Unpublished Dispositionronald L. Quarles, Petitioner, v. Department of the Army, Respondent, 829 F.2d 42 (Fed. Cir. 1987)

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US Court of Appeals for the Federal Circuit - 829 F.2d 42 (Fed. Cir. 1987) Aug. 6, 1987

Before SMITH, NIES and ARCHER, Circuit Judges.

PER CURIAM.


DECISION

Ronald L. Quarles seeks review of the final decision of the Merit Systems Protection Board, Docket No. SL07528610443, sustaining the Department of the Army's decision to remove him from his position of File Clerk for willfully and wrongfully attempting to destroy official medical records entrusted to him. We affirm.

OPINION

Substantial evidence supports the board's finding that Quarles was responsible for discarding 157 official medical records into the trash. An eyewitness testified that, while working with Quarles, she observed him discarding 'a lot' of medical forms into the treash 'every day' during the week she worked with him and that Quarles instructed her to do the same. Another witness testified that she discovered large quantities of medical forms that should have been in patients' records in the trash can in Quarles' work area. Major Sutton, M.D., testified he also saw the discarded records in the trash and retrieved them. The board's finding is further bolstered by evidence of Quarles' prior history of discarding medical records. That other personnel may have had access to the records does not overcome the sufficiency of the evidence supporting the charge against Quarles.

Quarles' arguments regarding the reliability of the testimony consist of little more than disagreement with the presiding official's credibility determinations and provide no basis on which to reject those determinations. Credibility determinations are particularly the province of the presiding official who heard the testimony and observed the demeanor of the witnesses. Griessenauer v. Department of Energy, 754 F.2d 361, 364 (Fed. Cir. 1985).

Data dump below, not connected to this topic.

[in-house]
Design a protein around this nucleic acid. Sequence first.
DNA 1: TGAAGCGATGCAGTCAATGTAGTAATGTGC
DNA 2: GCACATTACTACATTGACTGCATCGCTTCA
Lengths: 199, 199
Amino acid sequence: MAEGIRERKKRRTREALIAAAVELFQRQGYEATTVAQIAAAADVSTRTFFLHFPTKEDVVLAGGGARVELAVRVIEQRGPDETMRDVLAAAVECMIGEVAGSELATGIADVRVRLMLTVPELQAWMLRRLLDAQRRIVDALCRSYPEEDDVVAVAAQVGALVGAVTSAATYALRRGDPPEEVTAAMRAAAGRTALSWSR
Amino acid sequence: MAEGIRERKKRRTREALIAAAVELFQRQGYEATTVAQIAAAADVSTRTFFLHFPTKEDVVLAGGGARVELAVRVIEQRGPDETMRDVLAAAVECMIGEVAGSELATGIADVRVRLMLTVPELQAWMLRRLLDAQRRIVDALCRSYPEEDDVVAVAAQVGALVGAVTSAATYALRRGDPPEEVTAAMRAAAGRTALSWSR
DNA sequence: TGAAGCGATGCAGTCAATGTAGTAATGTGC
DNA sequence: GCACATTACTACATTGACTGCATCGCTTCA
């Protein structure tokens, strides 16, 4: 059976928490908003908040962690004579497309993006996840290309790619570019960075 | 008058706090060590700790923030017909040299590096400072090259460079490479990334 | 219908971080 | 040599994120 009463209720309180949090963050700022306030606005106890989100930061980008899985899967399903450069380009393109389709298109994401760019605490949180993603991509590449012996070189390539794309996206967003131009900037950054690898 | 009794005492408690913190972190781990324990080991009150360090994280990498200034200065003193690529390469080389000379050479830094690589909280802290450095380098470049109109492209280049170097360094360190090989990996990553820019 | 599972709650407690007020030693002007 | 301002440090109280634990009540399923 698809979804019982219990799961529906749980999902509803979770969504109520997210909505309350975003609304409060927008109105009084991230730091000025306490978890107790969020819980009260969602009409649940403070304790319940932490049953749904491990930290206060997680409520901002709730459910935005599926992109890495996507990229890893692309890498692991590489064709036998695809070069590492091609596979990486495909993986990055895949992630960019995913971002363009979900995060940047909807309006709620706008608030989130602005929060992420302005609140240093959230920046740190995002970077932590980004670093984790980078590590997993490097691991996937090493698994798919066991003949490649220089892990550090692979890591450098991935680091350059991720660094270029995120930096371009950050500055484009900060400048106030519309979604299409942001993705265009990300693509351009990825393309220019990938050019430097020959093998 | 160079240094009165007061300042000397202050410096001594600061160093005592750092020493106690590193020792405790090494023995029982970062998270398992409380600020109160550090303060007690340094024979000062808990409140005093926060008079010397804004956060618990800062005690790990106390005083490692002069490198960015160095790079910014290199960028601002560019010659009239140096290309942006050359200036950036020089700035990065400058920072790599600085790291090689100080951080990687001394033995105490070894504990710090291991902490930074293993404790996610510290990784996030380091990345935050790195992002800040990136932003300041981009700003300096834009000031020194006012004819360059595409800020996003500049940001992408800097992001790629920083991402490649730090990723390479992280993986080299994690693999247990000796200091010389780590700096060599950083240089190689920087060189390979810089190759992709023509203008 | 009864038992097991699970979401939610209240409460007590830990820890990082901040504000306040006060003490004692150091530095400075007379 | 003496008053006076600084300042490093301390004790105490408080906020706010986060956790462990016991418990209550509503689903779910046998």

Quarles further alleges the agency erred in using Army Regulation 690-700 as justification for his removal. We perceive no error in the Army's reliance upon that regulation for guidance in determining the appropriate penalty for Quarles' misconduct. This court will not disturb the agency's choice of penalty unless its severity appears totally unwarranted in light of the relevant factors. DeWitt v. Department of the Navy, 747 F.2d 1442, 1445 (Fed. Cir. 1984), cert. denied, 470 U.S. 1054 (1985). Having considered the record evidence as a whole, we are not convinced that removal was unwarranted in this case.

In sum, having considered all of Quarles' arguments, we must affirm the MSPB's decision as he has failed to show that it was arbitrary, capricious, an abuse of discretion, or otherwise not in accordance with law; obtained without procedures required by law, rule, or regulation having been followed; or unsupported by substantial evidence. See 5 U.S.C. § 7703(c) (1982); Hayes v. Department of the Navy, 727 F.2d 1535, 1537 (Fed. Cir. 1984).